Highlights of the HiPos and Succession Planning Survey:
- While 92.3% feel that identifying HiPos is important, only 44% of respondents say their company actively attempts to identify HiPos.
- More than half of respondents (57.4%) said that they tell their HiPos that they consider them to be HiPos. 42.6% do not.
- The slight majority of participants (56%) feel that their organization is less than adequately equipped to retain and engage HiPos.
- 83.3% of survey takers attempt to retain HiPos by engaging them with new responsibilities or challenges.
- Of those polled, 53.9% said that they could remember an instance or instances where they have failed to retain HiPos.
- When asked why their HiPos quit, 38.9% of survey takers said it was due to “limited opportunity for upward mobility or new responsibilities” and 19.6% said “management style.”
Thanks to all 406 individuals who participated in the survey! Here are the detailed responses:
Want to make sure you are getting the right person for the job? Start on Wednesday, November 18, 2015, with a new interactive webinar—Hiring Mr. or Ms. Right: Best Practices on Using Strategic Talent Assessments. Learn More
92.3% of survey takers said that identifying HiPos is at least important. Of that 92.3%, 34% said it is “extremely important,” and 38.7% said it’s “very important.” Only 6.2% said it is “somewhat important” and only 1.5% said it is “not at all important.” Cleary, the survey shows that identifying these employees should be a real focus for companies.
In the last question, we see that virtually everyone who took the survey thinks identifying HiPos is important. It comes as a surprise then that when participants were asked if they had a system for identifying HiPos, only 44% said that they do. That leaves 56% of respondents saying that no, they don’t have a system for identifying these important employees.
We asked those participants who said that they do have a system for identifying HiPos to tell us what that system is. The largest response (39%) said they use something that’s built into their normal performance management system. 23.9% tell their managers to keep an eye out for HiPos. Only 14.1% have said they use a dedicated paper solution, and even fewer (6.1%) said that they use a dedicated software solution. Some of the most common answers by the 16.9% who checked “other” include:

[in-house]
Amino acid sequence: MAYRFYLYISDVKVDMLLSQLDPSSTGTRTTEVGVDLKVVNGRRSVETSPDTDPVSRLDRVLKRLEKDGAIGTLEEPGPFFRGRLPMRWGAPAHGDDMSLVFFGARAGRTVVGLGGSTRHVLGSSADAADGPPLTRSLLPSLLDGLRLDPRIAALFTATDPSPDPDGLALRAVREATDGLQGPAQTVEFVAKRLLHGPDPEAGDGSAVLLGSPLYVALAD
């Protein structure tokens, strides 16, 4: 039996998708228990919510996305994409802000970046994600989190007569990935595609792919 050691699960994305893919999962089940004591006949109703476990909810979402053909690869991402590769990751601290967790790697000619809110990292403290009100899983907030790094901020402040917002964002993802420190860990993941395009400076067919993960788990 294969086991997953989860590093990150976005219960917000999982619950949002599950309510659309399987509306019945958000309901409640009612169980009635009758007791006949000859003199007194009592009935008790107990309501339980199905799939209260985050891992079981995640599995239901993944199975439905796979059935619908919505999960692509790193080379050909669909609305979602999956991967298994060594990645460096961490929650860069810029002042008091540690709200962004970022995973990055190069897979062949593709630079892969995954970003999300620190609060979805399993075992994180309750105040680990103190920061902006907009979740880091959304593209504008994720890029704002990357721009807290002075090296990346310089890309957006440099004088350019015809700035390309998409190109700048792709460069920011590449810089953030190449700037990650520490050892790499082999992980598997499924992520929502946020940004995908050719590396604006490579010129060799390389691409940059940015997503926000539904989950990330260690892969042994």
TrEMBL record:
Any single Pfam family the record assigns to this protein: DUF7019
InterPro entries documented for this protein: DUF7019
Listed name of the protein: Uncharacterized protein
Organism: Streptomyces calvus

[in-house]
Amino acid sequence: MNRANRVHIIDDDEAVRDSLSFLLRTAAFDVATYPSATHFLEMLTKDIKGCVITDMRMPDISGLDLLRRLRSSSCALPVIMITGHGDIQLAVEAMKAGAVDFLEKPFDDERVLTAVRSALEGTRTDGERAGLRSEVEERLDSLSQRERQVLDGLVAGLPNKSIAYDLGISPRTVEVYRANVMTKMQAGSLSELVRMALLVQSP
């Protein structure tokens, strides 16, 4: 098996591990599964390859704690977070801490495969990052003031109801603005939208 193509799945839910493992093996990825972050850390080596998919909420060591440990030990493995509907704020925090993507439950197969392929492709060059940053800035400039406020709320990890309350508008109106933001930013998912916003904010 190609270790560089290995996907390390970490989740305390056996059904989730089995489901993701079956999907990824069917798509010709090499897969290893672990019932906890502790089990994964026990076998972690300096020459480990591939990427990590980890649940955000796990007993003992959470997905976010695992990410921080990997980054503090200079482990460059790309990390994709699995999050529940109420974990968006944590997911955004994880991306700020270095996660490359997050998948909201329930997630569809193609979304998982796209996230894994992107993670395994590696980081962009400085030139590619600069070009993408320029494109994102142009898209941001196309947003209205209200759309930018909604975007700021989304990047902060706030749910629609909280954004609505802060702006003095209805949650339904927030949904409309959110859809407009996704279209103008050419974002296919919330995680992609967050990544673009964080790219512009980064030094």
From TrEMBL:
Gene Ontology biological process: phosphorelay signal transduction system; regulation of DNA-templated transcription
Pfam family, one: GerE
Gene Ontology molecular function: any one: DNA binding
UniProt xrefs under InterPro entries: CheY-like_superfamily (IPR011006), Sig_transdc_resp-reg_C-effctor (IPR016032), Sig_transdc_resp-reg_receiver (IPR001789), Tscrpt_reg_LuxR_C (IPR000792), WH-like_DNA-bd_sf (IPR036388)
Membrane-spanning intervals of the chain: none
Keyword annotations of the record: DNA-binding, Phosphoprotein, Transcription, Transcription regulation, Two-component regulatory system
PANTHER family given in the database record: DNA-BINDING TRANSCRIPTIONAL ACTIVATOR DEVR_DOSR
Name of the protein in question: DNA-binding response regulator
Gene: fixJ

- A 9-box grid.
- Our executive team makes these decisions.
- A talent classification system.
- An informal process involving either discussion or managerial input.
The slight majority of respondents (57.4%) said that they tell their HiPos that they consider them to be HiPos. 42.6% do not. When asked why or why not, there were many responses. Below are two sets of common responses, the first for those who elaborated on why they do notify their employees, and the second on why they do not.
Common Reasons to Notify HiPos:
- Keep the employees motivated.
- Prepare them for training and development.
- Inform them that they have opportunities open to them.
- Let them know they are a worthy investment.
- Keep them engaged.
- Allow them to feel appreciated.
Common Reasons Not to Notify HiPos:
- It’s not in our culture to do so.
- It never occurred to us to notify them.
- Avoid unrealistic expectations.
- Avoid creating potentially troublesome swelling of ego/entitlement issues.
- We lack the ability to follow up with incentives/advancement/increased compensation.
- We simply don’t have a formal process in place.